The city of Algiers came into importance in 1510, when the Moors, a group of African Muslims, sought refuge in the city after their expulsion from Spain. The Spanish proceeded to occupy parts of Morocco and Algeria. The emir (ruler) of Algiers called upon the corsair (pirate) brothers Aruj and Khair ad-Din Barbarossa to dispatch the Spaniards who h ad settled there. The brothers were master corsairs and conducted dozens of raids on European vessels and coastal towns and sold their prisoners to slavery. Instead, the brothers arranged for the assassination of the emir and took control of Algiers. Barbarossa took complete control of Algeria after his brother's death, and initiated the annexation of Algeria to the Ottoman Empire in an attempt to protect his kingdom from the Spanish. Upon the annexation of Algeria, Algiers became the principal outpost of the Barbary Pirates. The Barbary Pirates then become instrumental in the expulsion of the Spaniards. In 1541, the Spaniards attempted to capture the city of Algiers, but were defeated by the Ottomans under their pasha (ruler) Hassan.
By the 17th century, Algiers was virtually free from Ottoman rule and pirating became the source of the area's economy. Barbarian (the term is derived from Barbary) pirating raids were different from those conducted by Caribbean pirates. Barbary corsairs worked in teams to intercept European ships, or, raid coastal towns in Italy, France, Portugal, England, Ireland and Spain. The pirates were most interested in capturing people to sell at slave markets throughout the Barbary Coast. Captured slaves were treated miserably and were forced to man the oars of their giant galleys while being whipped and deprived of food. Others were forced into hard labor where they fashioned mud bricks and built fortifications to protect Algiers. Women were often forced to join the harem of the pasha (ruler), which numbered hundreds of women.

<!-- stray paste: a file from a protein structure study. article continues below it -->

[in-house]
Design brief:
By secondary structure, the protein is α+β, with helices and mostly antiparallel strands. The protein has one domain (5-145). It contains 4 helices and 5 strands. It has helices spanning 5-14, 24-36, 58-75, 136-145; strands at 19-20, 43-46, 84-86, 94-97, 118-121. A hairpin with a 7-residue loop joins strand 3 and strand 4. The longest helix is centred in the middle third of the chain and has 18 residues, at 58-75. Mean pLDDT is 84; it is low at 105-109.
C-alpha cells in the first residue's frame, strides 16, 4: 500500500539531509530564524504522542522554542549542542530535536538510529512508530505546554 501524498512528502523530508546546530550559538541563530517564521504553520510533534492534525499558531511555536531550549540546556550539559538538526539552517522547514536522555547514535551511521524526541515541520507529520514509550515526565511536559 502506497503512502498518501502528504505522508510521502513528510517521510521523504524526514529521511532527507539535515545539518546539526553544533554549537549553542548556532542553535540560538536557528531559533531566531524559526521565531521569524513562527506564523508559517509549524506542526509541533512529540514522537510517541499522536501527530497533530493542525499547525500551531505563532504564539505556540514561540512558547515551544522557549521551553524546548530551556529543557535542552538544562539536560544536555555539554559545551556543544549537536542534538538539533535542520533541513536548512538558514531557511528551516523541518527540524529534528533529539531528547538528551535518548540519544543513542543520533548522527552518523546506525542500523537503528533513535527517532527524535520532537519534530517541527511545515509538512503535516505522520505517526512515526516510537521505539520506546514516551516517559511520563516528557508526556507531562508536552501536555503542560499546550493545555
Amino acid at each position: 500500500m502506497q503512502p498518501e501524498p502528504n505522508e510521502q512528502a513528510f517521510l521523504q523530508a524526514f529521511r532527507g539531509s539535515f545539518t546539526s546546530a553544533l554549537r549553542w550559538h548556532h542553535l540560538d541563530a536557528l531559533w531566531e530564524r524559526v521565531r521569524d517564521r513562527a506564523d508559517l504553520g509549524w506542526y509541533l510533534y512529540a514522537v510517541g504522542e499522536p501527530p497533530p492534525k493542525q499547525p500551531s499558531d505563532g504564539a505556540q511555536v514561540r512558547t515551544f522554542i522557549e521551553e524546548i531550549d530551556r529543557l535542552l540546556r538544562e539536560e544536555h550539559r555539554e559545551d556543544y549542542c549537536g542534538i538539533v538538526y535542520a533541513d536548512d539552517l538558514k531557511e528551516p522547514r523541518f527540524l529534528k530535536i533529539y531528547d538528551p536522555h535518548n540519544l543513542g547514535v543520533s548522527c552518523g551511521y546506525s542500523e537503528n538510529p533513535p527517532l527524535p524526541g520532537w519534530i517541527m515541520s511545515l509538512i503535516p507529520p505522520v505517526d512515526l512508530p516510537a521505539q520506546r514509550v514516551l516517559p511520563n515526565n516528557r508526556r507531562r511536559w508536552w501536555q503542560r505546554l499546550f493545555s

1816 Bombardment of Algiers
The Barbary Pirates thrived in Algiers for nearly 300 years. European powers so feared the pirates that they agreed to pay an annual tribute to ensure their vessels sailed through the Mediterranean Sea peacefully. Attempts to subdue the corsairs proved unsuccessful until the United States waged war on the corsairs in the early 1800's after at least one American ship was seized. In 1816, the Barbary Pirates finally met their end when the British general Lord Exmouth and his fleet successfully torched the entire Barbary fleet.